In any case, I reckon Kubla Khan and the Ancient Mariner get plenty of attention elsewhere — John Livingston Lowes’s 1927 study The Road to Xanadu: A Study in the Ways of the Imagination is a maniacally comprehensive and entertaining investigation into the reading and experiences that influenced those two poems. Holmes, meanwhile, does a fine job of portraying Coleridge the man in all his dreamy, mercurial imperfections.

Titus Andronicus is considered the least of Shakespeare’s plays, tituswidely derided for the almost Grand Guignol graphic violence: amid the rape and the murder and feeding of kids to their parents there are at least three hands chopped off (the image here is of Livinia, post-handectomy and -tonguectomy, from a 2006 production at the Royal Shakespeare Theatre). I read it because I flipped open my Oxford Shakespeare and came across the “Oft have I digged up dead men from their graves/And set them upright at their dear friends’ door” speech from Aaron, the moor who serves as the villain. Nothing else in the play really matches that speech’s outlandish malevolence, but it’s still a fun read. Incidentally, the Wikipedia entry for Titus Andronicus mentions a 1970 Finnish TV adaptation:

In 1970, Finnish TV channel Yle TV1 screened an adaptation of the play written and directed by Jukka Sipilä, starring Leo Lastumäki as Titus, Iris-Lilja Lassila as Tamora, Eugene Holman as Aaron and Maija Leino as Lavinia.

Eugene Holman! I’m assuming there weren’t two black Eugene Holmans in Finland in 1970, so presumably this is the same Eugene Holman who spent a few days introducing us American students to the Finnish language back in 1987. It’s hard to imagine the mild-mannered linguist taking on the role. Anyway, small world.

I read a few entries from a Penguin collection of Borges essays orlando(“Literary Pleasure” in particular was good) and the first fifty pages of Jim Crace’s The Gift of Stones (which I lost interest in — I didn’t buy the Stone Age setting at all). And I finally got around to reading Virginia Woolf’s Orlando. I’ve been meaning to read it for years; I’ve always been intrigued by the idea of a sort of Bloomsbury/Highlander mash-up. So I was surprised to find it disappointing — the tone is too arch and the style too clotty for real pleasure in reading, at least until it reaches Woolf’s own era when her natural fluency of perception and detail returns. There’s a great moment of cognitive dissonance in this section:

Then she got into the lift, for the good reason that the door stood open; and was shot smoothly upwards. The very fabric of life now, she thought as she rose, is magic. In the eighteenth century, we knew how everything was done; but here I rise through the air; I listen to voices in America; I see men flying — but how it’s done, I can’t even begin to wonder. So my belief in magic returns.

What a lovely description of the SFnal impulse, and a great way to end the month’s reading.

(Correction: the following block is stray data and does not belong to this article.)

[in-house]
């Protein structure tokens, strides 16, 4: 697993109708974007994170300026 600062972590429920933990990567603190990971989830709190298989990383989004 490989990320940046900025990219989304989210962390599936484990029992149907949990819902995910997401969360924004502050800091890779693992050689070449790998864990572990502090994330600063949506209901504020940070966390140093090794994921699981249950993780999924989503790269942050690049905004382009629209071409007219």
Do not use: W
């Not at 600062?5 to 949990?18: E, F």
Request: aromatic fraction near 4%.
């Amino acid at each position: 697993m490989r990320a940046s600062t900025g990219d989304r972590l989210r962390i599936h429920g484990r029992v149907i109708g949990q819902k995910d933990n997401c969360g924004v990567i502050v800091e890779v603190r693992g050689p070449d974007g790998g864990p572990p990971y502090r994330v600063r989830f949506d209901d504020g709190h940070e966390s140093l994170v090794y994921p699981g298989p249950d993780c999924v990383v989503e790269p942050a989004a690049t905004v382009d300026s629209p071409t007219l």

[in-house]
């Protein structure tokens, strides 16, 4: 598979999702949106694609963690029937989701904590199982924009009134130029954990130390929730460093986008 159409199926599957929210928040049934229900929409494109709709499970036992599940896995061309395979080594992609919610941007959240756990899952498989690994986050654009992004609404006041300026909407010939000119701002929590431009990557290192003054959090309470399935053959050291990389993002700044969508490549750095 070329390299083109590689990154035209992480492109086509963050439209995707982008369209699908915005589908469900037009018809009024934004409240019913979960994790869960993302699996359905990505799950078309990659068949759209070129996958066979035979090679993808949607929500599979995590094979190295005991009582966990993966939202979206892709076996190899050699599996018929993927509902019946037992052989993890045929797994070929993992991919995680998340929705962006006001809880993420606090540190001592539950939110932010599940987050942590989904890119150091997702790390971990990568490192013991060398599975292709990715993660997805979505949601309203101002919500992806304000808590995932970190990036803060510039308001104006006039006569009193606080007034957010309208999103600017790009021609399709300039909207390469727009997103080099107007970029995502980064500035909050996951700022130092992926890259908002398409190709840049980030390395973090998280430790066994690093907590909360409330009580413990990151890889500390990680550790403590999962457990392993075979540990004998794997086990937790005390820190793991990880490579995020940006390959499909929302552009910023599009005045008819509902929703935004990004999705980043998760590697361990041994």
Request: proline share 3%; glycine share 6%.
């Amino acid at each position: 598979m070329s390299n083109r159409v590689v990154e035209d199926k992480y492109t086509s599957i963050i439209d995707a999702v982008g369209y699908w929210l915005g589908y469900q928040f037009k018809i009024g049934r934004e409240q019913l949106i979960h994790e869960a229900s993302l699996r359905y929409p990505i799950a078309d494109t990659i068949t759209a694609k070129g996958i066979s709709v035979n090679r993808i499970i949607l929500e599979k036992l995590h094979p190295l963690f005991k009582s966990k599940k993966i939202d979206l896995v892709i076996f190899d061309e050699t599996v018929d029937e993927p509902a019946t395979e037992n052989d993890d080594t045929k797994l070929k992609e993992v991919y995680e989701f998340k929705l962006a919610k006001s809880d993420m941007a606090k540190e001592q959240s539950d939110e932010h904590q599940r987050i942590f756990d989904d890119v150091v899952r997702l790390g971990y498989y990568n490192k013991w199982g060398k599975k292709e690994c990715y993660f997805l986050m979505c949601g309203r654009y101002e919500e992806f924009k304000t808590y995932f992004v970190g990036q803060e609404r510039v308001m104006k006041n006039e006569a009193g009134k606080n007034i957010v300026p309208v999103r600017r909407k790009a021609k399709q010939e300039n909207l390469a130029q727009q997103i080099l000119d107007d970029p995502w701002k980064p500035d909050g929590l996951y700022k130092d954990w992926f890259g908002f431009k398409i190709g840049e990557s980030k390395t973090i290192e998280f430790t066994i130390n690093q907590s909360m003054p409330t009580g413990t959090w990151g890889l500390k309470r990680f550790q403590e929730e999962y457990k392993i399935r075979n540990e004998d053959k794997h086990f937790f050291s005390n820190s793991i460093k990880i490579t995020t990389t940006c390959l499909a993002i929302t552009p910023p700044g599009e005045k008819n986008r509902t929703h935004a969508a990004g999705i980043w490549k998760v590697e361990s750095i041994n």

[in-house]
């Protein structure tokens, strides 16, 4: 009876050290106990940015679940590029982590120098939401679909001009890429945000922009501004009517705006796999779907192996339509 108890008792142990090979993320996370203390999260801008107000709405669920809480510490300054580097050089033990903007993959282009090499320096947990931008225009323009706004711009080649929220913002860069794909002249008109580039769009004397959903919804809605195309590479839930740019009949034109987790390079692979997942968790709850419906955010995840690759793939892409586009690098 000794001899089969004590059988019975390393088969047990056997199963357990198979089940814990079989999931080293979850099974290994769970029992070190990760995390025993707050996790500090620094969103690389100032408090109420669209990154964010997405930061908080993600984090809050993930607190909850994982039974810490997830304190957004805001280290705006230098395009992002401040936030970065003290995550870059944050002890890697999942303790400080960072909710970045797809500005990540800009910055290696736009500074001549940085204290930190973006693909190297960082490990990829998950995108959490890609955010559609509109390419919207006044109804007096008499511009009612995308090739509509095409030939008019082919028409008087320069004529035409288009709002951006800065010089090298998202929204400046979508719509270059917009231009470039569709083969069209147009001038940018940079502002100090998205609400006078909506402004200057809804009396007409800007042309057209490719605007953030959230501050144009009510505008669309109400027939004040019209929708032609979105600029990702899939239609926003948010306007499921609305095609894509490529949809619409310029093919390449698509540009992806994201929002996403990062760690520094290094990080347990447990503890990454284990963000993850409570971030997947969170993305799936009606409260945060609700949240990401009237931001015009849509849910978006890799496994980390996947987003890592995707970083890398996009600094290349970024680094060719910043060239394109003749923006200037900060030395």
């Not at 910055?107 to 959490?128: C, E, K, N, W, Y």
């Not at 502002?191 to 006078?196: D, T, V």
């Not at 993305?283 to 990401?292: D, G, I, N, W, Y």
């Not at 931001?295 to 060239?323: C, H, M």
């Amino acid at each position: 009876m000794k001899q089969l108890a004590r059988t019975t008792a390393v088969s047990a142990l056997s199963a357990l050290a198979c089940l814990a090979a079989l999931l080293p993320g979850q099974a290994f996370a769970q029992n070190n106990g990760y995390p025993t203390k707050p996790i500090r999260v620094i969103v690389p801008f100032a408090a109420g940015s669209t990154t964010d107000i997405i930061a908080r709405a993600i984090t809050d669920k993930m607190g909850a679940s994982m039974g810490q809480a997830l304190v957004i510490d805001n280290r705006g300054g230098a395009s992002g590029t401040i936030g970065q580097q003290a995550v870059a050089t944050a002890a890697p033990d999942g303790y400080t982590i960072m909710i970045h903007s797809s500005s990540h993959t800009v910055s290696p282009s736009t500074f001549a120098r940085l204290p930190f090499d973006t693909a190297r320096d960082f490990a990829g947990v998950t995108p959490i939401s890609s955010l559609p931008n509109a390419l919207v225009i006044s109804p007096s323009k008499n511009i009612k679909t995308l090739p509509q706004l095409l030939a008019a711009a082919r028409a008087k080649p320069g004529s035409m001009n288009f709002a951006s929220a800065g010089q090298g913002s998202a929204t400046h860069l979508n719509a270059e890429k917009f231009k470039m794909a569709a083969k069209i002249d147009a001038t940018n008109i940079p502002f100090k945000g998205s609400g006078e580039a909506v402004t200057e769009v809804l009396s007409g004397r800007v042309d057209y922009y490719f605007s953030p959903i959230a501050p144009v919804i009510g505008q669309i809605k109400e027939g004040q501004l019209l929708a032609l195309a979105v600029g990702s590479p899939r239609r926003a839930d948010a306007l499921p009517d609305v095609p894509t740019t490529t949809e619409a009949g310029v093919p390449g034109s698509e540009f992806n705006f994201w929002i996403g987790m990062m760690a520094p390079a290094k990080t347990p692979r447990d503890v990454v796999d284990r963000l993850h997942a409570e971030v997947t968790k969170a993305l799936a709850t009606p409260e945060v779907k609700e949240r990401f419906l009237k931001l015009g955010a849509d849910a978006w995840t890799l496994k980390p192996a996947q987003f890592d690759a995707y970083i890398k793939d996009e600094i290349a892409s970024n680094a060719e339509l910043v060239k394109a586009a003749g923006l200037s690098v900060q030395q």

Christopher Priest’s Dream Archipelago

An Infinite Summer was a fortuitous find at Twice Sold Tales. I knew there were collections of Christopher Priest’s stories floating around, of course, but I hadn’t got around to pursuing them, despite how much I admired his earlier books The Space Machine and A Dream of Wessex. Reading An Infinite Summer quickly led me to Priest’s 2011 novel The Islanders, just released last month in the US by Titan Books; I’ve been half-living in the Dream Archipelago ever since.

infinite-summerThere are five stories in the collection. “An Infinite Summer” and “Palely Loitering” both explore time travel. The title story follows a young man cast out of his own era in Edwardian England just when his dreams of happiness are about to be fulfilled, while “Palely Loitering” is a novella about a curiously retro future. Both of these stories are excellent and enjoyable; but the real attractions here are the three other pieces, all set in the Dream Archipelago.

A vast, world-girdling chain of tens of thousands of islands on a sort of shadow-Earth, bracketed by two warring nations at one pole and an icy, battle-scarred wasteland at the other, the Dream Archipelago is a conception Priest has been revisiting since the ’70s. As with most of his work, it’s a milieu that doesn’t quite claim a tight niche in fantasy or science fiction or slipstream or horror, though there are certainly elements of each.

One of the main things that distinguishes the Dream Archipelago from much modern SF and fantasy is its reluctance to engage in worldbuilding. It seems strange to claim that a book like The Islanders, expressly conceived as the exploration of an imaginary world, has disregarded the worldbuilding convention that so many genre readers crave. But for Priest a setting portrayed so coherently, adhering to a dogma that demands such close attention to internal consistency, would be airless and artless.

For example, we see him mirror contemporary technology throughout the stories — there are cars and planes and radio, and by the time he writes The Islanders there are drones and the internet and email and DNA profiling. But there are also anachronisms: writers who spill ink from inkjars and smoke cheroots, miniaturized surveillance bots. And there are lacunae: unknown regions, blank spots on the map (or, as Priest avers: “No maps are allowed. Not even to me.“).

The concept of a modern age of air travel and instant communication that still permits unexplored regions seems inconsistent; but like any great artist Priest will always sacrifice the consistent for the evocative. It is dream logic for a dream archipelago, and like dreams it may be inconsistent but also incredibly haunting.

So we get a piece of intense body horror like “Whores,” or an eerie tale of obsession like “The Watched,” or a lovely study of moral choice like “The Negation.” As Priest points out in his brief, charming introduction: